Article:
If the user wants to exclude certain countries from their analysis they can do so with the Country selection. In the selection list, any subset of countries can be selected. The "n = [number]" above the plot tells the user how many participants contributed their data to the current plot. Consequently, this number decreases when fewer countries are selected.

If a grouping variable is selected, the user might choose between six different color schemes (Selection of color scheme) to accommodate the context in which the plot might be used. Users can export the data currently shown in the Plot output area with three Export options. PDF export provides a vector-based graphic that can be scaled to any size. The second download option is a high resolution (600 DPI) PNG file. With the last option, the user can download a comma-separated data file containing all the counts or percentages that underlie the plot currently shown.


3. Motivation and target groups

We had three groups of users in mind when designing ESDexplorer. The initial idea to create the application was to help those local partners that do not have training in data representation, manipulation and analysis to access the data in an easy and straightforward way. The application could thus serve as a starting point for our local partners to conduct preliminary analyses that might lead to publications in their local language. With ESDexplorer, the partners can access the data from the general part of the survey and use the plots generated by the application to document and compare answers from any combination of countries. The plots generated by the system can be used for their own publications, either directly (as PNG files) or with little extra manipulation, e.g. using the CSV files with Excel or similar software.

The second group that we had in mind is a broader scientific community. Researchers from outside the consortium that co-operated in the survey might check the plausibility of more fine-grained analyses presented in publications that are based on this data. It has to be said, though, that this does not satisfy the broadest requirements for reproducible research to the full extent. To do so, we would have to provide all the data on an individual level, i.e. what we referred to as "raw data" above. However, due to data protection issues and the declaration of consent we asked our participants to acknowledge, we are not allowed to make available the raw data to anyone who was not part of the consortium. Nevertheless, we believe that ESDexplorer at least allows for detailed plausibility checks of analyses that are presented elsewhere (e.g. in journal papers).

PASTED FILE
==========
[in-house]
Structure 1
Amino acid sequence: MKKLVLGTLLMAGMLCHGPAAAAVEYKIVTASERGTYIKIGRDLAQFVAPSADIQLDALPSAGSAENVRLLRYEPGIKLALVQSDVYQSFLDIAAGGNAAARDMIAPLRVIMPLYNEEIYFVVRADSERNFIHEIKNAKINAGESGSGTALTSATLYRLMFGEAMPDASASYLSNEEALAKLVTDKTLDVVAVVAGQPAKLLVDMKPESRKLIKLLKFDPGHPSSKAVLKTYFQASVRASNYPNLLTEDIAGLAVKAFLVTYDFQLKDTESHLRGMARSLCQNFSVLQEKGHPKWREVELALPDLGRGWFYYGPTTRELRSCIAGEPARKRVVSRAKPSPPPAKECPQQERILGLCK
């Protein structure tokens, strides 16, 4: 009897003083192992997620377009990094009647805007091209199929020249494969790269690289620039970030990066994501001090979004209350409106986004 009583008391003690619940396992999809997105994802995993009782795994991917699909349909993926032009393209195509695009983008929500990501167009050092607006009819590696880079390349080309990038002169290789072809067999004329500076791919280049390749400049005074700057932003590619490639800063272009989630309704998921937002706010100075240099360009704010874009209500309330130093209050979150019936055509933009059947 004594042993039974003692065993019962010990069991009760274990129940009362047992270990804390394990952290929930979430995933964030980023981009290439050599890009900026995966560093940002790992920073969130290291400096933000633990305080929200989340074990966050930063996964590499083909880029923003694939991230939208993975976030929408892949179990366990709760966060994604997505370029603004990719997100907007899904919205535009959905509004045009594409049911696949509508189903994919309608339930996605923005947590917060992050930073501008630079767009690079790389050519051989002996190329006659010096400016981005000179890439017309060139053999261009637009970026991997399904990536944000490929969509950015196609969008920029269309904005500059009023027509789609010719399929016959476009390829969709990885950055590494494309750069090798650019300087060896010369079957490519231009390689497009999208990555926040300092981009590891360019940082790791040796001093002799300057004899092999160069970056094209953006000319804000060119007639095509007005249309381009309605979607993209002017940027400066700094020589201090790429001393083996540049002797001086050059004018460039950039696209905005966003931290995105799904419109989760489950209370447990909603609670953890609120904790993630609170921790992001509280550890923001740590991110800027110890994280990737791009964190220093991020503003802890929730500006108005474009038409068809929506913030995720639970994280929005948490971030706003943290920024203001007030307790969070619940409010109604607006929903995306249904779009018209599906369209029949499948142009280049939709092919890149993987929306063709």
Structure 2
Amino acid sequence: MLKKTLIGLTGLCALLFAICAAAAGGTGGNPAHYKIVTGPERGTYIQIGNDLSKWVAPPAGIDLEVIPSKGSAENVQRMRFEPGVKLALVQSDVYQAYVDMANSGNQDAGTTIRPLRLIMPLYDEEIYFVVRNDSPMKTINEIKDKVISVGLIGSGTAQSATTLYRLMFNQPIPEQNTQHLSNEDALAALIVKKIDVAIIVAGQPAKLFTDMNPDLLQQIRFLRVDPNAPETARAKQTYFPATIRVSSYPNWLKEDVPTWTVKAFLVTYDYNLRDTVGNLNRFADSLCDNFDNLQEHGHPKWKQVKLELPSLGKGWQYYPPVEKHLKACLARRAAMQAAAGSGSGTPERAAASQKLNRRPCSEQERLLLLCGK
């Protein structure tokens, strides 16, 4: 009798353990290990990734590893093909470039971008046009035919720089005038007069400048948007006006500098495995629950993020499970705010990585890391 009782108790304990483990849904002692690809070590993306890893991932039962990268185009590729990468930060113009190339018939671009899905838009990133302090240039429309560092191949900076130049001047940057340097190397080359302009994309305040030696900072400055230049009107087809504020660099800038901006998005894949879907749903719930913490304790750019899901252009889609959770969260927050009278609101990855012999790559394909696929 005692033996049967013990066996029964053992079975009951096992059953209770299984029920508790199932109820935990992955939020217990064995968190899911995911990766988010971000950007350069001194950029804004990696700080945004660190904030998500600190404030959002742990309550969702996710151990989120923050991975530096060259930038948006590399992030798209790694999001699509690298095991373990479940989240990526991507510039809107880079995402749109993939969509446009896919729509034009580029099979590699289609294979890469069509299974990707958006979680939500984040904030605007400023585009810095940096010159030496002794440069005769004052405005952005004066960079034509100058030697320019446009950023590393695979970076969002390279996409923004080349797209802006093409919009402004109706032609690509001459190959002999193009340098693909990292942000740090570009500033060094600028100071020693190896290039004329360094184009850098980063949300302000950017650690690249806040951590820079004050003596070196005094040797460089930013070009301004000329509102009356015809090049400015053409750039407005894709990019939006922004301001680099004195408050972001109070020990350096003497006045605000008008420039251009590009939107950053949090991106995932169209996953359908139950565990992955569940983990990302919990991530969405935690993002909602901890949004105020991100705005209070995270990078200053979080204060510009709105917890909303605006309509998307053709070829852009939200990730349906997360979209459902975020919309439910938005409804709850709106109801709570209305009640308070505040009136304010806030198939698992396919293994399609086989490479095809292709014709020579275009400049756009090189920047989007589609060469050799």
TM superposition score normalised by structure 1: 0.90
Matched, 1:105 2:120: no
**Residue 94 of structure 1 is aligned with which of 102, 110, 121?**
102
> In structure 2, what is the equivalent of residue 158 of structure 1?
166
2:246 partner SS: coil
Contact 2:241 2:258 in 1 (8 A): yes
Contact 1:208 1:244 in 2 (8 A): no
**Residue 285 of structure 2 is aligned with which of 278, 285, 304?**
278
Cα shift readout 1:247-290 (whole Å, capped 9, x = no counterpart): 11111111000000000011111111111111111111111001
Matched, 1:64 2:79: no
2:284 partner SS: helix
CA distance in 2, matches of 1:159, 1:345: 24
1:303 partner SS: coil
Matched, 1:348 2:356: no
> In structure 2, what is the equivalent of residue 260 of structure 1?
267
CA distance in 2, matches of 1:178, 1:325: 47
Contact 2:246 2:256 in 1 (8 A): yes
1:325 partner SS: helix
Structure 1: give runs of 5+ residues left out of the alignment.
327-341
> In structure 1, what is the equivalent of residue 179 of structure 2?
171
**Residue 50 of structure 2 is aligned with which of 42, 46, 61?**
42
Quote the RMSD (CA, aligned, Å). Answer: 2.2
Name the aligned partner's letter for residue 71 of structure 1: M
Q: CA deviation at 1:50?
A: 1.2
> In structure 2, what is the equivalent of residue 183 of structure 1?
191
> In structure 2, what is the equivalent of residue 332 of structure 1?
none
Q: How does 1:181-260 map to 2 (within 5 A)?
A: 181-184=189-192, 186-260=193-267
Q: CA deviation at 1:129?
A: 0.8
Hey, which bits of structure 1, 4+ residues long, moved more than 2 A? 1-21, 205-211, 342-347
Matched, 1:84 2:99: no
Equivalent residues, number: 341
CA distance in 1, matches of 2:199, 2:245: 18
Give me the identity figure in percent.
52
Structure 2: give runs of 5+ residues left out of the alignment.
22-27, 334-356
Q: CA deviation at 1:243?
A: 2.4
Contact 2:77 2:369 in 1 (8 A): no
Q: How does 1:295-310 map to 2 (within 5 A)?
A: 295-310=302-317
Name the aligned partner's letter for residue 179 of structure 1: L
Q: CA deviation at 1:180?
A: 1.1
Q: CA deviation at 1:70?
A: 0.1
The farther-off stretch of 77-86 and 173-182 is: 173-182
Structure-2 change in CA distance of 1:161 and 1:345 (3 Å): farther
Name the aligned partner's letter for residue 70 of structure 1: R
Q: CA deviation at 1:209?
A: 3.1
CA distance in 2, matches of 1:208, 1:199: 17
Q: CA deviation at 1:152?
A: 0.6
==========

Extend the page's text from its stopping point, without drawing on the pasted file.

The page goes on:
The third target group is the broader, non-scientific audience that might be interested in lexicographic research. With ESDexplorer, these users have an easy-to-use point-and-click interface where they can learn something about the culture and use of monolingual dictionaries in their own country or all over Europe. It may also be the case that the participants of the study are interested in the final results. With the application, they can explore the data by themselves without the researchers functioning as "gatekeepers".

Our online visualization system can also have a didactic application beyond lexicography: ESDexplorer might serve as a model example for university teachers to illustrate the visualization possibilities for questionnaire studies. Since the application shows the results of a questionnaire study, it might nicely complement theoretical discussions about questionnaire design.


4. Technology and architecture

ESDexplorer is built using the R (R Core Team 2018) package "shiny" (Chang et al. 2017). With this package, one can build web applications without extensive web development skills. The basic architecture of a Shiny application consists of two scripts written in R code. One script controls the behaviour of the user interface with the input elements (so-called "widgets") and outputs (mostly plots and downloadable data). All the input widgets that are used in ESDexplorer come with a standard Shiny installation and can be readily used. The other script determines what is going on "behind the scenes". Here, the developer controls data management and statistical computation on the server. The computation underlying the graphs is not done in the user's browser but almost exclusively on the server itself. The only computations that are running in the user's browser are for showing the output and getting user input from the widgets and passing them along to the server.